How we respond to mistakes and failures determines how we approach something new the next time.  

I lost my way just recently while I was travelling in Germany. I boarded the wrong train, then, trying the wrong bus and ended up in a different town than planned. I missed an important appointment as a result. At first, I was overwhelmed and embarrassed. Then, as I reflected, I realised:

  • This was an opportunity to learn a new skills: I had to learn the "language" of the German public transport system.
  • It's okay to make mistakes - after all, I am new to this system.
  • I can be more lenient with myself and stop feeling bad about this. I'm okay as I am.

How do you respond to failure? 

Hiking in the Naukluft mountains reminded of overcoming obstacles in life - it takes dedication, training and perseverance.
It is just wonderful to see how a client will work hard to challenge her shyness and lack of self-confidence, no matter what! I can already start seeing results!

Contact me for free checklists on various topics relating to presentations. 



Do you use your strengths to your maximum potential? Or do you allow your weaknesses to drain you? Do you build on the strengths of your staff members or do you keep on hacking on the weaknesses instead?

I found a great tool to identify my strengths and learn to use them more than my weaknesses. I came across this tool during a webinar offered by the VSA and presented by Gunnel Ryner. The profile identifies:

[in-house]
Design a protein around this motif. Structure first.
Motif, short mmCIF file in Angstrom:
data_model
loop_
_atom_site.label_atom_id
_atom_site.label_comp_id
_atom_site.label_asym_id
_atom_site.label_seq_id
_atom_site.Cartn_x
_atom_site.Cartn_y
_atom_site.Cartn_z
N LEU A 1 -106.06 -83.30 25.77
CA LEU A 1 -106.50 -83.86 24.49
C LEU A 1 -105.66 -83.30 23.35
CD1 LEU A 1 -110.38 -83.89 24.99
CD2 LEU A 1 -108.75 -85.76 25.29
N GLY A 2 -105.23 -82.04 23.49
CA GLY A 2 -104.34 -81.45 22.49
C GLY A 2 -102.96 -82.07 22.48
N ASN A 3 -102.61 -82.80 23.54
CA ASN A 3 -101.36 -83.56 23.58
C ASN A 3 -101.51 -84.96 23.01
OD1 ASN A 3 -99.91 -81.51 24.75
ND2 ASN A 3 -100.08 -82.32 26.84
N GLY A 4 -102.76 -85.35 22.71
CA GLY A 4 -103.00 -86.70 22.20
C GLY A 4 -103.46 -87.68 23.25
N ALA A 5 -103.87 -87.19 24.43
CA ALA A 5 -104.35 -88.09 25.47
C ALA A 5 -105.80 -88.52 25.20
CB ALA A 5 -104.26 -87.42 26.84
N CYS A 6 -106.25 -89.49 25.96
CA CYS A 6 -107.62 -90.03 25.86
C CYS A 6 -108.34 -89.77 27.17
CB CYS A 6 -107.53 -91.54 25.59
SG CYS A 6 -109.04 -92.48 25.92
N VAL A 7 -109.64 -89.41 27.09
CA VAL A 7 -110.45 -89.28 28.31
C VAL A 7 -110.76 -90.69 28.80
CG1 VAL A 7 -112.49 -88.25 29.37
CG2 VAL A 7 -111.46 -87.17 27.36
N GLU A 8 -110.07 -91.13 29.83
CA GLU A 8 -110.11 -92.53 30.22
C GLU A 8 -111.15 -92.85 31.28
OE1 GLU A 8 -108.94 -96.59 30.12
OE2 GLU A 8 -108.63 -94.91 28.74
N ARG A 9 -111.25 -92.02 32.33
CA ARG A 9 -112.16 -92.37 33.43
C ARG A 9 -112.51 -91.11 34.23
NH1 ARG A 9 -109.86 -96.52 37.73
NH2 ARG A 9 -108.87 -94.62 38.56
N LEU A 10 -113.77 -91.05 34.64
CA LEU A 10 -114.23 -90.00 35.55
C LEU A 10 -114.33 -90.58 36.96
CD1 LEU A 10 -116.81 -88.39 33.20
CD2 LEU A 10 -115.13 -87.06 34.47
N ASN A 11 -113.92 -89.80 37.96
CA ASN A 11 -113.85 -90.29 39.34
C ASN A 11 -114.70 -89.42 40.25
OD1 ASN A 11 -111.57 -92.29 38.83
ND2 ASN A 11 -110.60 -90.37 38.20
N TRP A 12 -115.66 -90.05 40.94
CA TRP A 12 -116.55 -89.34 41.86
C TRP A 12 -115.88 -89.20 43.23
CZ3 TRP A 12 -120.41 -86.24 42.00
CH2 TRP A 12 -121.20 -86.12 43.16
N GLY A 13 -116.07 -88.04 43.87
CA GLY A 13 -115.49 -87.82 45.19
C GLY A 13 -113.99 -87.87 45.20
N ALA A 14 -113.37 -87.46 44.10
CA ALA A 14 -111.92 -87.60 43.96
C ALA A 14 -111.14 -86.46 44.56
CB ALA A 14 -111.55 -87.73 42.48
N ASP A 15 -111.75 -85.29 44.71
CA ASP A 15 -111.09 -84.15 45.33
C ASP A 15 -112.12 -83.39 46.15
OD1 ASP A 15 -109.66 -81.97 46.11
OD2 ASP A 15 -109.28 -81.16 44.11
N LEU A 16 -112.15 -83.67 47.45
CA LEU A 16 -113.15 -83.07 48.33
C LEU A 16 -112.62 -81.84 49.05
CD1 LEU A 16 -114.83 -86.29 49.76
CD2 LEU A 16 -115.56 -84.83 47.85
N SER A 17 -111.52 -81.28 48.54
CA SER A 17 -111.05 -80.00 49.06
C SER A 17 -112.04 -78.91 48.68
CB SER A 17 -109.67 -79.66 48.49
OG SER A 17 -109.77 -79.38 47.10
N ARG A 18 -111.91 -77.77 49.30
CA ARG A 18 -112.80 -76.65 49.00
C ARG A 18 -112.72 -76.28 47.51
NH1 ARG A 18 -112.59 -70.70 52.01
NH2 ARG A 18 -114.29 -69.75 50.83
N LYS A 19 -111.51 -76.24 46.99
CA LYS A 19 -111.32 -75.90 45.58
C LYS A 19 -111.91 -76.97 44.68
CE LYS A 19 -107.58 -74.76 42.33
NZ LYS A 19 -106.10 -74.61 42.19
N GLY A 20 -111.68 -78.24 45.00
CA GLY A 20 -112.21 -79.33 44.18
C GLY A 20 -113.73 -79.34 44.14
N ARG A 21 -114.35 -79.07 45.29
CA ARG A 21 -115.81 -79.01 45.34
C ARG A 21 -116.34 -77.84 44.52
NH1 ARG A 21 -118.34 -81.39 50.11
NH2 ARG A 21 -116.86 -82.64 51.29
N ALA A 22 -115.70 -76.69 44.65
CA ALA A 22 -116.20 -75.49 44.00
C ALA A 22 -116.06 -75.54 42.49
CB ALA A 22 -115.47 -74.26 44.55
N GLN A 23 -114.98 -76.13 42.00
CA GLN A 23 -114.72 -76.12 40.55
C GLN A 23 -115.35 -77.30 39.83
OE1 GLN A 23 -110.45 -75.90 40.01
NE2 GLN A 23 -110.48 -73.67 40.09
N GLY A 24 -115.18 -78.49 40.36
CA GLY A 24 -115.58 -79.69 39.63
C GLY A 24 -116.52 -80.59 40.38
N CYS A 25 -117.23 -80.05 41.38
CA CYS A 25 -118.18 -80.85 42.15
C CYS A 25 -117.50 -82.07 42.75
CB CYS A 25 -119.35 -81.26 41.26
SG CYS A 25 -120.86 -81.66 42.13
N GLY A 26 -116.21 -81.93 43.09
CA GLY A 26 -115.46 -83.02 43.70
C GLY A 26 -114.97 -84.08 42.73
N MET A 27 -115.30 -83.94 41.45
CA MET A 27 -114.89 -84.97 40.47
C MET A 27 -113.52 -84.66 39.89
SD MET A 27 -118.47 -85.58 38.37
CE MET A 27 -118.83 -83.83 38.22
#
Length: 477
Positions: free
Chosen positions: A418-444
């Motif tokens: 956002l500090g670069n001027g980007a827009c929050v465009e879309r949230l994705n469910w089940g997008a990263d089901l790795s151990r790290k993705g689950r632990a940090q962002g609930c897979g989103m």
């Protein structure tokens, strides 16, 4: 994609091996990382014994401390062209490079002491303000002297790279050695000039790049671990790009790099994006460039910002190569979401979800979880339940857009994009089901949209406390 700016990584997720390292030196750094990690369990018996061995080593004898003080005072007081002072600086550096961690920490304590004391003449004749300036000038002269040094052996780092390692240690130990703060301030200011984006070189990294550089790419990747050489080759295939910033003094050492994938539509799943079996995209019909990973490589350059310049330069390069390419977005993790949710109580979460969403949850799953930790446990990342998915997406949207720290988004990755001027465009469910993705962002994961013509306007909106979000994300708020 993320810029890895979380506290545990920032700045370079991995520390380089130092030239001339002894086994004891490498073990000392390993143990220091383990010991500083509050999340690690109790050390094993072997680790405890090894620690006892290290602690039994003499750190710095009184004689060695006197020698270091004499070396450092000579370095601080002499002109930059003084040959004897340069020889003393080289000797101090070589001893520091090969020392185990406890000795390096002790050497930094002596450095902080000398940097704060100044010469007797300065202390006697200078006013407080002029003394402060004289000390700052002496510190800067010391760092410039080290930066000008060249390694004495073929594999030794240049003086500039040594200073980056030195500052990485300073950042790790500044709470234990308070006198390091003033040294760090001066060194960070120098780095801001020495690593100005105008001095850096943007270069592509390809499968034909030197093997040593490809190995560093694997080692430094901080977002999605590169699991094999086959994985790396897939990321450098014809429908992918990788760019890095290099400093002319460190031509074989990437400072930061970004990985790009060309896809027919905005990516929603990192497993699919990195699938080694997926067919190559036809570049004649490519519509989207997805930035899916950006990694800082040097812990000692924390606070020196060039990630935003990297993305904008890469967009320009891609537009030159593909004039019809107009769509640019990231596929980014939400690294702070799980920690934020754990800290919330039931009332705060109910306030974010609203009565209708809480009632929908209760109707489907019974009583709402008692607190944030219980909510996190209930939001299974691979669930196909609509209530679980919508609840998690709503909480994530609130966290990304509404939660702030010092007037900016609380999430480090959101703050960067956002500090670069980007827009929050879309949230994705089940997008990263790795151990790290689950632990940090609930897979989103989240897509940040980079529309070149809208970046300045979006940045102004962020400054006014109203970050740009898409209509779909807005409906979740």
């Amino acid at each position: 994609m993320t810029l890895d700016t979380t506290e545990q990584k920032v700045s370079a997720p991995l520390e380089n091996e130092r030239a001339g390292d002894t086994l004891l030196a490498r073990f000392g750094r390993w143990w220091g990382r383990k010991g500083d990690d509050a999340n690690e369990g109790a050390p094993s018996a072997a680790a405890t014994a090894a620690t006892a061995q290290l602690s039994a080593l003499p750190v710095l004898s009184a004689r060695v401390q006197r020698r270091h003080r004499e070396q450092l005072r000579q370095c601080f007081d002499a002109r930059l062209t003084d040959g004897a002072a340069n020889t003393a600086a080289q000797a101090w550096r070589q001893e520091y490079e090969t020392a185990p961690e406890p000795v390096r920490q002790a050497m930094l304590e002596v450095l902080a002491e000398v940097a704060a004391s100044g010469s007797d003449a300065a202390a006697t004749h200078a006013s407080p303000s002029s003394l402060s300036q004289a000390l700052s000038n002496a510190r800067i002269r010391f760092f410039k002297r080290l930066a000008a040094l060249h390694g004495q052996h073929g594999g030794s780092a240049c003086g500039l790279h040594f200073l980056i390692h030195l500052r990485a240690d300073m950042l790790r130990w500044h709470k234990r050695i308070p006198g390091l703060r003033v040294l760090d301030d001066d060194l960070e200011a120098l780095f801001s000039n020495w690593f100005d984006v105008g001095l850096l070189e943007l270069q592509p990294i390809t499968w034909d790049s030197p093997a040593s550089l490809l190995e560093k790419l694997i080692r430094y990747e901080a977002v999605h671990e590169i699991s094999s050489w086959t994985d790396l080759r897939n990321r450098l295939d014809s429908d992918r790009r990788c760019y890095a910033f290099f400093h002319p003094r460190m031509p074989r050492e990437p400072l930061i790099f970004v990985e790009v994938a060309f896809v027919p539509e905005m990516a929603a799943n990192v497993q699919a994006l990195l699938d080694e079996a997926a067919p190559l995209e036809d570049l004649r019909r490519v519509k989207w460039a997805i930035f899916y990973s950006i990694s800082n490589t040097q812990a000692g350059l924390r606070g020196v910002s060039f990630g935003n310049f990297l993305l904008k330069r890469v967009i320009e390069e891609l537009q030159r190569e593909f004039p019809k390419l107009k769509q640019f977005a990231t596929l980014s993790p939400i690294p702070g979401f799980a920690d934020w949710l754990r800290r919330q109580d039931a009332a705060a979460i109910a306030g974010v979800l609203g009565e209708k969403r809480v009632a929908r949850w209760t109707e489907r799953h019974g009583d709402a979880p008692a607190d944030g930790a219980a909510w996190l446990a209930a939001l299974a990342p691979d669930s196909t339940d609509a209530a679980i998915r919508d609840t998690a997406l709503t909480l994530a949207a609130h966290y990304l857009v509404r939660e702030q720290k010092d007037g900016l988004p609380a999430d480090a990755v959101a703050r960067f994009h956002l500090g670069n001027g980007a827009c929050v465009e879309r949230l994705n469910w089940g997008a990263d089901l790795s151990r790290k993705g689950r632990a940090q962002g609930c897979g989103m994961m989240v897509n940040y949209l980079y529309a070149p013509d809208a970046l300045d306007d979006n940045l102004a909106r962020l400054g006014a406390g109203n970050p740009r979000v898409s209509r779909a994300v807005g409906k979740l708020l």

• My realised strenghts - which I should use wisely
  • Unrealised strenghts - which I will try to use more
  • Learned behaviours - which I should use when needed
  • Weaknesses - which I should use less

How about you? Is it time to focus on yours and your team's strengths?

Here is the link to your free starter profile:

I have been noticing a general fatigue amongst my clients and colleagues, for some time now. Let's admit it - it has been a tough year. And just when we thought things were getting better, here comes another wave which sems to turn things upside down again. And we need to somehow find resilience to cope yet again.

I participated in a "day of stillness" just a few weeks ago. This is what I did:

  • I switched off my phone for the entire day. I informed important people in my life  so that they would not wonder what was going on.
  • I informed my husband that I would like no conversation for the day. He loved it! (Admittedly, we do not have children in the home anymore, that helps!)
  • I turned my couch so it faced a large window looking into the garden.
  • I had a pen and paper ready for when I wanted to make notes.
  • And after a long while of just resting and being quiet, I could finally hear the still and gentle voice of God again!

Becoming quiet goes a long way to build resilience, I found.